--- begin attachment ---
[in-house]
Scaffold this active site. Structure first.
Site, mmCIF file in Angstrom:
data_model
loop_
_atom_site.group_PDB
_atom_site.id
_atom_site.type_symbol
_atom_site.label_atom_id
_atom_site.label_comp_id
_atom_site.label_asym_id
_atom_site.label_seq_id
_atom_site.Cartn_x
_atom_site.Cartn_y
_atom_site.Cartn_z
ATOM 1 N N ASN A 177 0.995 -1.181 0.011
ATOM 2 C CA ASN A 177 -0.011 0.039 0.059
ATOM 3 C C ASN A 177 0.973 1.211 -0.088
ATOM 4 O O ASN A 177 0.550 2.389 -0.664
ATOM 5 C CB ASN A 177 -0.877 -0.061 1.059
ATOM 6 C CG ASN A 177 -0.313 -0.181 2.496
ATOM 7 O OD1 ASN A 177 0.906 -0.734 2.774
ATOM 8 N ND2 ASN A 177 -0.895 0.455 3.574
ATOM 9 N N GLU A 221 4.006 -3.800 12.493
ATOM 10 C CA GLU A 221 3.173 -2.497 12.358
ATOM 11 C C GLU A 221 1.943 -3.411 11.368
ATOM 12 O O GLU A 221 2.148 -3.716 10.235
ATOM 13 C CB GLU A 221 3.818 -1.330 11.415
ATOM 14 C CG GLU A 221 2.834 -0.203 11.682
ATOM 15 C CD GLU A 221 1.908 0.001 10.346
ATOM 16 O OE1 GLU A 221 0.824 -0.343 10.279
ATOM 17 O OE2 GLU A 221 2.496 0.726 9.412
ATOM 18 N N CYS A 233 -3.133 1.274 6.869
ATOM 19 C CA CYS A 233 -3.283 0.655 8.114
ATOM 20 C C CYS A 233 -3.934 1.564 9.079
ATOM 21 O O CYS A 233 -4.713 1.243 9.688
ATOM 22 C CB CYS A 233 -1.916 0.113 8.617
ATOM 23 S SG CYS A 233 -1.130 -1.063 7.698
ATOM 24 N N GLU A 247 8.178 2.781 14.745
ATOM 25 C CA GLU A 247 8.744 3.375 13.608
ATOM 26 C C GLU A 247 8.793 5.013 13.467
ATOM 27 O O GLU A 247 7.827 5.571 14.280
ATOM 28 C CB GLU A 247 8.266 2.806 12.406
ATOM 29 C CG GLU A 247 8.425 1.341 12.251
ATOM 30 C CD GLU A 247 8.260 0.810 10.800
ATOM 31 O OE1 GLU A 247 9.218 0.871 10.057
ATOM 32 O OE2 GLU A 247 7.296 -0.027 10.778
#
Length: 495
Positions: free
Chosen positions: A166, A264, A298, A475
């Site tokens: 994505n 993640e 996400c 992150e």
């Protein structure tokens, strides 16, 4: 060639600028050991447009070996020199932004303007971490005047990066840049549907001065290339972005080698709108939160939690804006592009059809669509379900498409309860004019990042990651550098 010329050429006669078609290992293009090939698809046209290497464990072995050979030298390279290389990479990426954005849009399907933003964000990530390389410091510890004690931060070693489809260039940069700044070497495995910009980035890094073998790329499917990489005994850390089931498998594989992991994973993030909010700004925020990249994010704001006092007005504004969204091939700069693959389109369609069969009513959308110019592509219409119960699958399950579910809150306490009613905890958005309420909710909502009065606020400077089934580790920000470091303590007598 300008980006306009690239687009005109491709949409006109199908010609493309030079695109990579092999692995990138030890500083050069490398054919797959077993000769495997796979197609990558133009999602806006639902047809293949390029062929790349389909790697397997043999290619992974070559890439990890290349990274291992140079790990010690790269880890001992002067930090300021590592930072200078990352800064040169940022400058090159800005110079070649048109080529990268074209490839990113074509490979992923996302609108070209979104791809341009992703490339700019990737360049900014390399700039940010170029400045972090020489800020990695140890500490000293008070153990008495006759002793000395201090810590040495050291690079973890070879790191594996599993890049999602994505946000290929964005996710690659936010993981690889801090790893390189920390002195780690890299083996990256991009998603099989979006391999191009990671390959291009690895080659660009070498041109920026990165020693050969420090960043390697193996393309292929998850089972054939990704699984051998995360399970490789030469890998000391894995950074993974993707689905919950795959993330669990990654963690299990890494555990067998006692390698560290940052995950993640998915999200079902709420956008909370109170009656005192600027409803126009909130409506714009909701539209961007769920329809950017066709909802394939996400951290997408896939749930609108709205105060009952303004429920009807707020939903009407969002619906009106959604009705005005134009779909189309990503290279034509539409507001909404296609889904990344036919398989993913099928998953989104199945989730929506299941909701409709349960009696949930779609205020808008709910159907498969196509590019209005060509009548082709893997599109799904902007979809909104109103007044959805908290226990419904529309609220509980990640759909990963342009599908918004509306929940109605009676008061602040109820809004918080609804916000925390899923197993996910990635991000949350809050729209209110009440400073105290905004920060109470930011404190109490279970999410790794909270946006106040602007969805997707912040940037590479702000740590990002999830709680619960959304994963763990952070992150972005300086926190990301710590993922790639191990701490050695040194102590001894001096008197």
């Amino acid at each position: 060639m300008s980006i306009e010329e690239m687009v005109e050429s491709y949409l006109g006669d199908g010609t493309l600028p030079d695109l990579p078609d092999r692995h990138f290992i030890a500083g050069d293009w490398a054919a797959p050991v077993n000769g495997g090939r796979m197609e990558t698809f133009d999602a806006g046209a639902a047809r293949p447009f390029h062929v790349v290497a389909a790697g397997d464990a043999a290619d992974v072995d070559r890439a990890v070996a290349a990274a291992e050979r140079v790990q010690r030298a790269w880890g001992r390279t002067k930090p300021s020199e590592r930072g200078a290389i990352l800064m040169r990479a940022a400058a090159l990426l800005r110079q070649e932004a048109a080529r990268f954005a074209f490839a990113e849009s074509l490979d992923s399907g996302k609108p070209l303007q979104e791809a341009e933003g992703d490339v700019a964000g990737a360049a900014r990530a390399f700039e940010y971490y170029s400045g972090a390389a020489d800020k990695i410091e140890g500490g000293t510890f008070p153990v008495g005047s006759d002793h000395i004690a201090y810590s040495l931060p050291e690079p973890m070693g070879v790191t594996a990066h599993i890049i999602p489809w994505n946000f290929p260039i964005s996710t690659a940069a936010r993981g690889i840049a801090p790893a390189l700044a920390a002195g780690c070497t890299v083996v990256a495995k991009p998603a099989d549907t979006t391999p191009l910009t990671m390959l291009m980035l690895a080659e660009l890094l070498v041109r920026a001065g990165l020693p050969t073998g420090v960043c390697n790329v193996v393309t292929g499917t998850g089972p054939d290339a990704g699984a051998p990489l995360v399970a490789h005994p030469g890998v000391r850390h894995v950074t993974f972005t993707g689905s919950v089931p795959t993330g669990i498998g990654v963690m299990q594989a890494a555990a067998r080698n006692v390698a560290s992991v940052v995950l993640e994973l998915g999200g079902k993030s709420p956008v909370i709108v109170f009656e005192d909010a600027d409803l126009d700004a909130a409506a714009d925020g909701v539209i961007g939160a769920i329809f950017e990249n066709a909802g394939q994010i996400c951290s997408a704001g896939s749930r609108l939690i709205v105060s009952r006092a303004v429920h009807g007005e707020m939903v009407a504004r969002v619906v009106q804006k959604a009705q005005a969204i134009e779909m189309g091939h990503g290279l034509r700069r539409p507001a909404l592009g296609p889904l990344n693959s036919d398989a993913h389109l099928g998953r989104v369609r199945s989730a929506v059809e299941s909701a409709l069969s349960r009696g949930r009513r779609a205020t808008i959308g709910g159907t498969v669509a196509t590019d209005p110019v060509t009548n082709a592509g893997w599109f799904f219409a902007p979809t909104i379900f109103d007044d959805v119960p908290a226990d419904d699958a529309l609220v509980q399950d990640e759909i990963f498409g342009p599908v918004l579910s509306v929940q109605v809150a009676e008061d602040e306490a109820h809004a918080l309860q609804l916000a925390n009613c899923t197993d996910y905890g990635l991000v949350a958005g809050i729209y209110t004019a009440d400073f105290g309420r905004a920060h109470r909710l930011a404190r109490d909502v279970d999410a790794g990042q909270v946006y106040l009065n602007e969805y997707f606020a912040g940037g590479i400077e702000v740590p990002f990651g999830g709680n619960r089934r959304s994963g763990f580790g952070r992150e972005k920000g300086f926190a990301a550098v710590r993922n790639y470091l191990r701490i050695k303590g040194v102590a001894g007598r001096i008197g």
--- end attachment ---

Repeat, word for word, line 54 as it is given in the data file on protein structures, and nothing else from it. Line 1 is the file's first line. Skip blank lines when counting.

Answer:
């Amino acid at each position: 060639m300008s980006i306009e010329e690239m687009v005109e050429s491709y949409l006109g006669d199908g010609t493309l600028p030079d695109l990579p078609d092999r692995h990138f290992i030890a500083g050069d293009w490398a054919a797959p050991v077993n000769g495997g090939r796979m197609e990558t698809f133009d999602a806006g046209a639902a047809r293949p447009f390029h062929v790349v290497a389909a790697g397997d464990a043999a290619d992974v072995d070559r890439a990890v070996a290349a990274a291992e050979r140079v790990q010690r030298a790269w880890g001992r390279t002067k930090p300021s020199e590592r930072g200078a290389i990352l800064m040169r990479a940022a400058a090159l990426l800005r110079q070649e932004a048109a080529r990268f954005a074209f490839a990113e849009s074509l490979d992923s399907g996302k609108p070209l303007q979104e791809a341009e933003g992703d490339v700019a964000g990737a360049a900014r990530a390399f700039e940010y971490y170029s400045g972090a390389a020489d800020k990695i410091e140890g500490g000293t510890f008070p153990v008495g005047s006759d002793h000395i004690a201090y810590s040495l931060p050291e690079p973890m070693g070879v790191t594996a990066h599993i890049i999602p489809w994505n946000f290929p260039i964005s996710t690659a940069a936010r993981g690889i840049a801090p790893a390189l700044a920390a002195g780690c070497t890299v083996v990256a495995k991009p998603a099989d549907t979006t391999p191009l910009t990671m390959l291009m980035l690895a080659e660009l890094l070498v041109r920026a001065g990165l020693p050969t073998g420090v960043c390697n790329v193996v393309t292929g499917t998850g089972p054939d290339a990704g699984a051998p990489l995360v399970a490789h005994p030469g890998v000391r850390h894995v950074t993974f972005t993707g689905s919950v089931p795959t993330g669990i498998g990654v963690m299990q594989a890494a555990a067998r080698n006692v390698a560290s992991v940052v995950l993640e994973l998915g999200g079902k993030s709420p956008v909370i709108v109170f009656e005192d909010a600027d409803l126009d700004a909130a409506a714009d925020g909701v539209i961007g939160a769920i329809f950017e990249n066709a909802g394939q994010i996400c951290s997408a704001g896939s749930r609108l939690i709205v105060s009952r006092a303004v429920h009807g007005e707020m939903v009407a504004r969002v619906v009106q804006k959604a009705q005005a969204i134009e779909m189309g091939h990503g290279l034509r700069r539409p507001a909404l592009g296609p889904l990344n693959s036919d398989a993913h389109l099928g998953r989104v369609r199945s989730a929506v059809e299941s909701a409709l069969s349960r009696g949930r009513r779609a205020t808008i959308g709910g159907t498969v669509a196509t590019d209005p110019v060509t009548n082709a592509g893997w599109f799904f219409a902007p979809t909104i379900f109103d007044d959805v119960p908290a226990d419904d699958a529309l609220v509980q399950d990640e759909i990963f498409g342009p599908v918004l579910s509306v929940q109605v809150a009676e008061d602040e306490a109820h809004a918080l309860q609804l916000a925390n009613c899923t197993d996910y905890g990635l991000v949350a958005g809050i729209y209110t004019a009440d400073f105290g309420r905004a920060h109470r909710l930011a404190r109490d909502v279970d999410a790794g990042q909270v946006y106040l009065n602007e969805y997707f606020a912040g940037g590479i400077e702000v740590p990002f990651g999830g709680n619960r089934r959304s994963g763990f580790g952070r992150e972005k920000g300086f926190a990301a550098v710590r993922n790639y470091l191990r701490i050695k303590g040194v102590a001894g007598r001096i008197g």